Combining chemical and molecular markers for monitoring bioaerosols from outdoor environments

Sonia Garcia Alcega, Sean Tyrrel, Frederic Coulon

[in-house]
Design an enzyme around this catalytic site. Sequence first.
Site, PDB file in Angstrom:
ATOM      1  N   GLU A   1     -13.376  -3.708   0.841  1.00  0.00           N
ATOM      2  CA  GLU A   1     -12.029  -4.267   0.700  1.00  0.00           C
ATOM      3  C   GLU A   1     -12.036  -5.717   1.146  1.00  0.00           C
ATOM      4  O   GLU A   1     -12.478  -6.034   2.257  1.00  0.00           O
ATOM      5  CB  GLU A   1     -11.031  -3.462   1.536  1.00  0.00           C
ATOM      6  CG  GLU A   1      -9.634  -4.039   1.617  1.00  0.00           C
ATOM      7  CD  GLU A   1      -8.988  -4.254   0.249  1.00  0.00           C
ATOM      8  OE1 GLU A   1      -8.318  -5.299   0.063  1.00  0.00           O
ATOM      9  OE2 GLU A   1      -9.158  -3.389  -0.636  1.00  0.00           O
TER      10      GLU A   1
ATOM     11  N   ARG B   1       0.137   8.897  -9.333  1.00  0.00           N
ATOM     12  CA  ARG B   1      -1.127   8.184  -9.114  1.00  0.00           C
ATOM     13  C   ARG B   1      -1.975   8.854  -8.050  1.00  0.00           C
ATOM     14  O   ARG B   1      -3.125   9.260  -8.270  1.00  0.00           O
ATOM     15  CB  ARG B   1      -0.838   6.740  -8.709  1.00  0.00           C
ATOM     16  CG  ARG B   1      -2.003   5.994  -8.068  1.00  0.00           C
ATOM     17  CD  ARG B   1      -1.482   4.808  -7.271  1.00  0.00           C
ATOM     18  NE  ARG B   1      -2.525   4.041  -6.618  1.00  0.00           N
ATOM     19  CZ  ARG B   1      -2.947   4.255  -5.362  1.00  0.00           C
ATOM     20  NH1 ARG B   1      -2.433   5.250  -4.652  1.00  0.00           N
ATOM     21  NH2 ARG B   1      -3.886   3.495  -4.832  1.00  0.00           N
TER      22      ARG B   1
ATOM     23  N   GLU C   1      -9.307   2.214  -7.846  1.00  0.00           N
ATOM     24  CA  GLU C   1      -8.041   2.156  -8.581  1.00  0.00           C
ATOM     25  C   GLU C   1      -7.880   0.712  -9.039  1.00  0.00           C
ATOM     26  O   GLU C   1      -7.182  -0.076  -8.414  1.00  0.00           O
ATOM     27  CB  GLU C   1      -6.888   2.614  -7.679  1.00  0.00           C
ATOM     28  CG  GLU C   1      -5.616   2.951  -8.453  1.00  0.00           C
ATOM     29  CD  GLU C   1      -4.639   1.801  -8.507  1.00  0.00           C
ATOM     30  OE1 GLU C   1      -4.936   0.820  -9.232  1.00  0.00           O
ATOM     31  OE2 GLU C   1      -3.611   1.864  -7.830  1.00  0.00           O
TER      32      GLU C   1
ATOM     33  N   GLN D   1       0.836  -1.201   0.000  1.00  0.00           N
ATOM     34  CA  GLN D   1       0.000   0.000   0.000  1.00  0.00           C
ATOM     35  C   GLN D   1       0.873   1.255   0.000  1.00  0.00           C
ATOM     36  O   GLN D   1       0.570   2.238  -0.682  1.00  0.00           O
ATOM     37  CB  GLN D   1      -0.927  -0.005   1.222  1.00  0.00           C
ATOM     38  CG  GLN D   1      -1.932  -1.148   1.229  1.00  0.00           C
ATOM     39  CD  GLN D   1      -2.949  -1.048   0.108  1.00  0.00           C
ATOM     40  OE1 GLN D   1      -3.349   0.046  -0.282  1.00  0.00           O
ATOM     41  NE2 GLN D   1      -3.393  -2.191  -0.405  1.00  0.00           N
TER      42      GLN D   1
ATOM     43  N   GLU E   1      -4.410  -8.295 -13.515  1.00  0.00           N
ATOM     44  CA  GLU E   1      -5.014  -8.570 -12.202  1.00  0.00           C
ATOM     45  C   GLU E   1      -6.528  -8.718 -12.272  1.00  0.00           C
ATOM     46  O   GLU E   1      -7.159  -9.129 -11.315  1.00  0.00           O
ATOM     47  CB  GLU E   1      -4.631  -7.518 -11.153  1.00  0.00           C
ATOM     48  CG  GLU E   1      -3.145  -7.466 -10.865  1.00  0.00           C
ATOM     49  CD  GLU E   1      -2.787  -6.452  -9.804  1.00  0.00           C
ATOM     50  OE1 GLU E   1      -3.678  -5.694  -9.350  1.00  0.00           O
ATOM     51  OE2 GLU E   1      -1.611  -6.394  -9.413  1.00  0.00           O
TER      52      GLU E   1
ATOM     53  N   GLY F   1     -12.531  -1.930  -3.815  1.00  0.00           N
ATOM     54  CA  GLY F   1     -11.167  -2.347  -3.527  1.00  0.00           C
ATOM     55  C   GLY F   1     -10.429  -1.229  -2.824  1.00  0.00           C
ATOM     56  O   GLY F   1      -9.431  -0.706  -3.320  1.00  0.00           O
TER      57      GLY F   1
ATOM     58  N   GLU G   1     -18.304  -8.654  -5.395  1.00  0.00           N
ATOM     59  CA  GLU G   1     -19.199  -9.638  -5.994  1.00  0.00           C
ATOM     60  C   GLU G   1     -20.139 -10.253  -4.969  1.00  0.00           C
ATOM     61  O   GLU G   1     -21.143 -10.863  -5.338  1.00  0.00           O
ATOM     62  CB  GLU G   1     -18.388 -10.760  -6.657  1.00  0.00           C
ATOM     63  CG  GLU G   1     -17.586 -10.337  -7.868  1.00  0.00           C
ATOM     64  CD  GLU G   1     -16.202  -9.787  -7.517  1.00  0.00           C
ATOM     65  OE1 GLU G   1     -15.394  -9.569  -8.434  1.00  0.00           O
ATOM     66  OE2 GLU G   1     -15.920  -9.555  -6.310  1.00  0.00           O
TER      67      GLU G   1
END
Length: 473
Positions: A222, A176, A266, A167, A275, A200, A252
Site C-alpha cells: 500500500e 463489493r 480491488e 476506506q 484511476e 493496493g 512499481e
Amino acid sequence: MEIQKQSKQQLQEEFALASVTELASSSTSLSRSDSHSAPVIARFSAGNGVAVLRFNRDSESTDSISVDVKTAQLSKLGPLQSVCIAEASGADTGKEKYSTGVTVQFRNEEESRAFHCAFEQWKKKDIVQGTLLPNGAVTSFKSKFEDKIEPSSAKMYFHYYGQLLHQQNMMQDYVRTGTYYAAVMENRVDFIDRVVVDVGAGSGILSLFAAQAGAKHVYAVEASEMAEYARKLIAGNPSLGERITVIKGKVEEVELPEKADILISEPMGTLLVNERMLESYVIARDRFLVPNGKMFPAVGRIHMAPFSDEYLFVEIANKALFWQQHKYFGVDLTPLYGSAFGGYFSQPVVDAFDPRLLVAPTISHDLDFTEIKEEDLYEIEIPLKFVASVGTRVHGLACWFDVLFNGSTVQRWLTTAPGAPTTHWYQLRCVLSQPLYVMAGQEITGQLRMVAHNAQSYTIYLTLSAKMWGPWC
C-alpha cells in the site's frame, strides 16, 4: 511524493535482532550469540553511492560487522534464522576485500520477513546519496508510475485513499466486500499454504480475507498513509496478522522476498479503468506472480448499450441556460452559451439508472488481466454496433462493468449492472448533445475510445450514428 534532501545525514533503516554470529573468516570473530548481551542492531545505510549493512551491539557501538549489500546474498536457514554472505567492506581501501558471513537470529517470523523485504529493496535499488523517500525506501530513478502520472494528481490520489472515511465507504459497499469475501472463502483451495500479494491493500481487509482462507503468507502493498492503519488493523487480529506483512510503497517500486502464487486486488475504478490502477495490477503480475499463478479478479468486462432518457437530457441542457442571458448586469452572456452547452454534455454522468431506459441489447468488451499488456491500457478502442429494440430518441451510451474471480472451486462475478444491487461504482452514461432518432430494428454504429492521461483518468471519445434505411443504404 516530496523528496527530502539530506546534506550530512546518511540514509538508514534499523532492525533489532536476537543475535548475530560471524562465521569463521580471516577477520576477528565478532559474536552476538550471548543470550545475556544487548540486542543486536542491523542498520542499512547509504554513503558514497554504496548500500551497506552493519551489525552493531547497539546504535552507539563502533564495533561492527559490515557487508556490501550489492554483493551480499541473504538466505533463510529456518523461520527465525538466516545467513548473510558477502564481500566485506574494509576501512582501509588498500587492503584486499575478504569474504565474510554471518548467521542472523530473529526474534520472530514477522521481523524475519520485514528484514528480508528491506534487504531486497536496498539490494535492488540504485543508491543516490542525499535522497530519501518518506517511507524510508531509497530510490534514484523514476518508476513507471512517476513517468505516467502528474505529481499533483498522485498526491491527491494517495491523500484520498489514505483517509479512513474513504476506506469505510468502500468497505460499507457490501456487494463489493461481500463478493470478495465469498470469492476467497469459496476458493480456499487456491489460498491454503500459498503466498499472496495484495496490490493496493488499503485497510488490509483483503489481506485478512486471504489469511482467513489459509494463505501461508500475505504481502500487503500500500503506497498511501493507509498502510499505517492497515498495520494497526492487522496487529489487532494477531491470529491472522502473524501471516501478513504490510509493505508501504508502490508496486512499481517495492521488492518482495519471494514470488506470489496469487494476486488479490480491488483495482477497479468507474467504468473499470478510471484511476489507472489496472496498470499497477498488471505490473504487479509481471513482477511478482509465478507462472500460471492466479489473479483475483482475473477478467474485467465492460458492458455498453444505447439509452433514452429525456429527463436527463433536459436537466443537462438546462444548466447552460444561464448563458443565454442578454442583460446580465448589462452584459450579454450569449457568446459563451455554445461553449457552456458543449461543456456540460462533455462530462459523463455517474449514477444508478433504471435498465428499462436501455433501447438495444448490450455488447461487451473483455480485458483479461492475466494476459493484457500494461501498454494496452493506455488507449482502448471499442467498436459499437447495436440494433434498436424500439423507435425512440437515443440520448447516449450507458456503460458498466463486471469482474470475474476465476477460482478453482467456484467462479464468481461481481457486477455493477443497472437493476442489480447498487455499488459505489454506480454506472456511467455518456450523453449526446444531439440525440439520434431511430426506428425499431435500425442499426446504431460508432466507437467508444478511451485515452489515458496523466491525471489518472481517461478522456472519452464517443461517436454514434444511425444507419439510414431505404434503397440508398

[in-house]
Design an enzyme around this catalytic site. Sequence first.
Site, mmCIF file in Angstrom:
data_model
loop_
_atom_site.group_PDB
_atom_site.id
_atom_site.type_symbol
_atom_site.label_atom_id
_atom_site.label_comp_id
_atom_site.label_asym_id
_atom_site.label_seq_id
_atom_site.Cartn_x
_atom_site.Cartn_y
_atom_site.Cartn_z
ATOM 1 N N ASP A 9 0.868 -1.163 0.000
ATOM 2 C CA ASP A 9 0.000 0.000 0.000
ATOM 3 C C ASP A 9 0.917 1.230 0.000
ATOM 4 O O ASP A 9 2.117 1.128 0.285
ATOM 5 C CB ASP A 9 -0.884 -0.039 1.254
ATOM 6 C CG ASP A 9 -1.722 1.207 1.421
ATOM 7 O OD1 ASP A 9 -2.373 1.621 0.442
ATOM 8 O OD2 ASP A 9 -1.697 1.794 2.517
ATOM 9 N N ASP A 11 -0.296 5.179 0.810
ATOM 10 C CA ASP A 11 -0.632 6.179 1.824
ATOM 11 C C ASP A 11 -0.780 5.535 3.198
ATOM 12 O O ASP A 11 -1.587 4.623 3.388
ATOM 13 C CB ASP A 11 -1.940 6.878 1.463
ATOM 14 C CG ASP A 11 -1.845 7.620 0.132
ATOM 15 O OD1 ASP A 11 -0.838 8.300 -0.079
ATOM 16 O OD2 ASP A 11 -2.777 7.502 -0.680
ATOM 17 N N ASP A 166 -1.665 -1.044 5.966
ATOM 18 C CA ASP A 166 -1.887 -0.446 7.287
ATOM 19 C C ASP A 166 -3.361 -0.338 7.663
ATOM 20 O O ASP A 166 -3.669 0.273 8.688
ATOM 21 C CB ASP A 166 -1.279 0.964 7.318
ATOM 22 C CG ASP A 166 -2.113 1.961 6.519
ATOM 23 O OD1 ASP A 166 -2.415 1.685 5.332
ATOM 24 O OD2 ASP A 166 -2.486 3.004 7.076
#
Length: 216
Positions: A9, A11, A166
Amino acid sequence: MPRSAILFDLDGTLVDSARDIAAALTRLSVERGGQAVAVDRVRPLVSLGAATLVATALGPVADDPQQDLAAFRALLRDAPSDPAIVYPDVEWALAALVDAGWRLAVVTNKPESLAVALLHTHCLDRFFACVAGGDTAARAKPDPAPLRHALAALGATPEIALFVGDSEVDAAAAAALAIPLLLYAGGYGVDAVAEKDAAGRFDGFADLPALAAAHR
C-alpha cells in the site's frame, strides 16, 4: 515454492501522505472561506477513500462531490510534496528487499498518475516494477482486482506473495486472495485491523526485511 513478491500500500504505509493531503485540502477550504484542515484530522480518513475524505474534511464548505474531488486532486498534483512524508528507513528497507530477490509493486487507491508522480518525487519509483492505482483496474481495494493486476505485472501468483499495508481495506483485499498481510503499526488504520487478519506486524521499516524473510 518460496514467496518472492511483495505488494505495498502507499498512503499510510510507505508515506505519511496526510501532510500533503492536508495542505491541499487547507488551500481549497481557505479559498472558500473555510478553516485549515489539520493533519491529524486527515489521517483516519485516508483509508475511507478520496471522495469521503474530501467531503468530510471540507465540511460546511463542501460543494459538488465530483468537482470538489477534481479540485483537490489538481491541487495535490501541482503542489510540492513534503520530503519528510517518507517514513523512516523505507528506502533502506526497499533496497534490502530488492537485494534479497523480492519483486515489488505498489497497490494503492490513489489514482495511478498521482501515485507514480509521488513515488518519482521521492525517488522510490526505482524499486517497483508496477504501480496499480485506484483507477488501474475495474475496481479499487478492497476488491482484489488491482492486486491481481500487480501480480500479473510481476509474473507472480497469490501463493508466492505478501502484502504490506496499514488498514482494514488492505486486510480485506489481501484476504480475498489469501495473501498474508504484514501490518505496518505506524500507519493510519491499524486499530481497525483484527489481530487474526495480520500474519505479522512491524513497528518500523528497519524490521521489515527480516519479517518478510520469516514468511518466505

Exposure to bioaerosols containing airborne microorganisms and their by-products from outdoor environments such as industrial, urban or agricultural sites is of a great concern as it is linked to adverse health effects in humans including respiratory diseases and infections. Yet the risk exposure from outdoor emissions is difficult to quantify in real-time as microbial concentration in air is low and varies depending on meteorological factors, anthropogenic activities and sampling conditions. In this study, bioaerosol markers including microbial volatile organic compounds (MVOCs) and phospholipid fatty acids (PLFAs) were used to characterise the distribution, abundance and diversity of airborne microorganisms across three contrasting sites, a wastewater treatment plant (WWTP), a compost facility and a farm respectively. Each site had a distinct MVOC and PLFA profiles. The site with the higher diversity and concentration of MVOCs and PLFAs corresponded to the compost facility containing 21 different PLFAs (∑PLFAs 8275 ng m-3) and 48 MVOCs (∑MVOCs 216914 ng m-3) and the site with the least diversity was the farm containing only 2 PLFAs (∑PLFAs 775 ng m-3) and 14 MVOCs (∑MVOCs 11855 ng m-3). The most predominant group of MVOCs in the WWTP were ketones (42%), in the compost facility were furans (41%) and in the farm there were 3 dominant MVOC groups: esters (23.%), aldehydes (22%) and alkanes (29%). The farm only had PLFAs from fungal origin, whereas in the WWTP and the compost facility PLFAs from Gram positive and Gram negative bacteria as well as from fungi were identified.

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